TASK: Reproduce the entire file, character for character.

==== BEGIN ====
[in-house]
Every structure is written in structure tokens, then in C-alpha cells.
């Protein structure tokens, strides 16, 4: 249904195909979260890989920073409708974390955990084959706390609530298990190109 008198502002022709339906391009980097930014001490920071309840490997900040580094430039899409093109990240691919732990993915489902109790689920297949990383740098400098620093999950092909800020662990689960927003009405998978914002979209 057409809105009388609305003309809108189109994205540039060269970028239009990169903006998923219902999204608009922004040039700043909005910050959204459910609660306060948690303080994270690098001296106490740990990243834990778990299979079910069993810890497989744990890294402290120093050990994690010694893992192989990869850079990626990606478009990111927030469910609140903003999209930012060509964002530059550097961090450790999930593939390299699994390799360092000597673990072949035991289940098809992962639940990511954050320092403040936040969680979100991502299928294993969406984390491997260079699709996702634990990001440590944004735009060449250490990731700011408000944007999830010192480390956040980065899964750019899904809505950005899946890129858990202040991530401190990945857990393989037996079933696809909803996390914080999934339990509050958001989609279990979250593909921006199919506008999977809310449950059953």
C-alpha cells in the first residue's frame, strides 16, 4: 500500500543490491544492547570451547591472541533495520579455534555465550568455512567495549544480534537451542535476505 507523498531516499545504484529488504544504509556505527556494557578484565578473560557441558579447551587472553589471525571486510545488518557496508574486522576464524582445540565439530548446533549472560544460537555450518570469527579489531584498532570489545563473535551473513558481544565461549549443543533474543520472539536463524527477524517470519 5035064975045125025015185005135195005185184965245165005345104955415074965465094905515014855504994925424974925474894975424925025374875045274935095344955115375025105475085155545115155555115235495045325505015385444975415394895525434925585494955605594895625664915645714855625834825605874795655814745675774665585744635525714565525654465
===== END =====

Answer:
[in-house]
Every structure is written in structure tokens, then in C-alpha cells.
């Protein structure tokens, strides 16, 4: 249904195909979260890989920073409708974390955990084959706390609530298990190109 008198502002022709339906391009980097930014001490920071309840490997900040580094430039899409093109990240691919732990993915489902109790689920297949990383740098400098620093999950092909800020662990689960927003009405998978914002979209 057409809105009388609305003309809108189109994205540039060269970028239009990169903006998923219902999204608009922004040039700043909005910050959204459910609660306060948690303080994270690098001296106490740990990243834990778990299979079910069993810890497989744990890294402290120093050990994690010694893992192989990869850079990626990606478009990111927030469910609140903003999209930012060509964002530059550097961090450790999930593939390299699994390799360092000597673990072949035991289940098809992962639940990511954050320092403040936040969680979100991502299928294993969406984390491997260079699709996702634990990001440590944004735009060449250490990731700011408000944007999830010192480390956040980065899964750019899904809505950005899946890129858990202040991530401190990945857990393989037996079933696809909803996390914080999934339990509050958001989609279990979250593909921006199919506008999977809310449950059953």
C-alpha cells in the first residue's frame, strides 16, 4: 500500500543490491544492547570451547591472541533495520579455534555465550568455512567495549544480534537451542535476505 507523498531516499545504484529488504544504509556505527556494557578484565578473560557441558579447551587472553589471525571486510545488518557496508574486522576464524582445540565439530548446533549472560544460537555450518570469527579489531584498532570489545563473535551473513558481544565461549549443543533474543520472539536463524527477524517470519 5035064975045125025015185005135195005185184965245165005345104955415074965465094905515014855504994925424974925474894975424925025374875045274935095344955115375025105475085155545115155555115235495045325505015385444975415394895525434925585494955605594895625664915645714855625834825605874795655814745675774665585744635525714565525654465